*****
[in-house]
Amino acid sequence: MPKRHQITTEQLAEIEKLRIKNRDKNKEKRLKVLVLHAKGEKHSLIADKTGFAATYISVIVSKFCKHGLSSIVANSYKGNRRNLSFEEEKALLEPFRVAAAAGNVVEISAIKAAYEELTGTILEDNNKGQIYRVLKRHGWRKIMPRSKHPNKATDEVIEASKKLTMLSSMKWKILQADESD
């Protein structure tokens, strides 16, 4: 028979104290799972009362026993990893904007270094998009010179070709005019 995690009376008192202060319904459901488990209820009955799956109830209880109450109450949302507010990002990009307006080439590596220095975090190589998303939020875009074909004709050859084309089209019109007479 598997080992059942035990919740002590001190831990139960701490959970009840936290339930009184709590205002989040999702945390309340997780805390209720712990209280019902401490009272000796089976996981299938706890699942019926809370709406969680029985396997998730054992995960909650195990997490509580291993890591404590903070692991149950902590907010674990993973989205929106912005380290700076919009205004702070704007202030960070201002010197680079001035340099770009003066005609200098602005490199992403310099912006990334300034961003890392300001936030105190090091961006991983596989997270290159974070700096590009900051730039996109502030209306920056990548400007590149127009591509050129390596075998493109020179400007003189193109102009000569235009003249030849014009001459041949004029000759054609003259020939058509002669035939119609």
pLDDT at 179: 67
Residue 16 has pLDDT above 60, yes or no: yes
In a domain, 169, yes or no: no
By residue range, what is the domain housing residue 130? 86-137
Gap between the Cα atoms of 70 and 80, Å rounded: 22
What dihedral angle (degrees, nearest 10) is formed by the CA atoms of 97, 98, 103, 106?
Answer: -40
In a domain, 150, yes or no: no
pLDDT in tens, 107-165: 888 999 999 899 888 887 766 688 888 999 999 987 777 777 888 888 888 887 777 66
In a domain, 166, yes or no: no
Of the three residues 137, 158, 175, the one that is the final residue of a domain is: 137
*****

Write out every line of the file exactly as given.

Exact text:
[in-house]
Amino acid sequence: MPKRHQITTEQLAEIEKLRIKNRDKNKEKRLKVLVLHAKGEKHSLIADKTGFAATYISVIVSKFCKHGLSSIVANSYKGNRRNLSFEEEKALLEPFRVAAAAGNVVEISAIKAAYEELTGTILEDNNKGQIYRVLKRHGWRKIMPRSKHPNKATDEVIEASKKLTMLSSMKWKILQADESD
């Protein structure tokens, strides 16, 4: 028979104290799972009362026993990893904007270094998009010179070709005019 995690009376008192202060319904459901488990209820009955799956109830209880109450109450949302507010990002990009307006080439590596220095975090190589998303939020875009074909004709050859084309089209019109007479 598997080992059942035990919740002590001190831990139960701490959970009840936290339930009184709590205002989040999702945390309340997780805390209720712990209280019902401490009272000796089976996981299938706890699942019926809370709406969680029985396997998730054992995960909650195990997490509580291993890591404590903070692991149950902590907010674990993973989205929106912005380290700076919009205004702070704007202030960070201002010197680079001035340099770009003066005609200098602005490199992403310099912006990334300034961003890392300001936030105190090091961006991983596989997270290159974070700096590009900051730039996109502030209306920056990548400007590149127009591509050129390596075998493109020179400007003189193109102009000569235009003249030849014009001459041949004029000759054609003259020939058509002669035939119609």
pLDDT at 179: 67
Residue 16 has pLDDT above 60, yes or no: yes
In a domain, 169, yes or no: no
By residue range, what is the domain housing residue 130? 86-137
Gap between the Cα atoms of 70 and 80, Å rounded: 22
What dihedral angle (degrees, nearest 10) is formed by the CA atoms of 97, 98, 103, 106?
Answer: -40
In a domain, 150, yes or no: no
pLDDT in tens, 107-165: 888 999 999 899 888 887 766 688 888 999 999 987 777 777 888 888 888 887 777 66
In a domain, 166, yes or no: no
Of the three residues 137, 158, 175, the one that is the final residue of a domain is: 137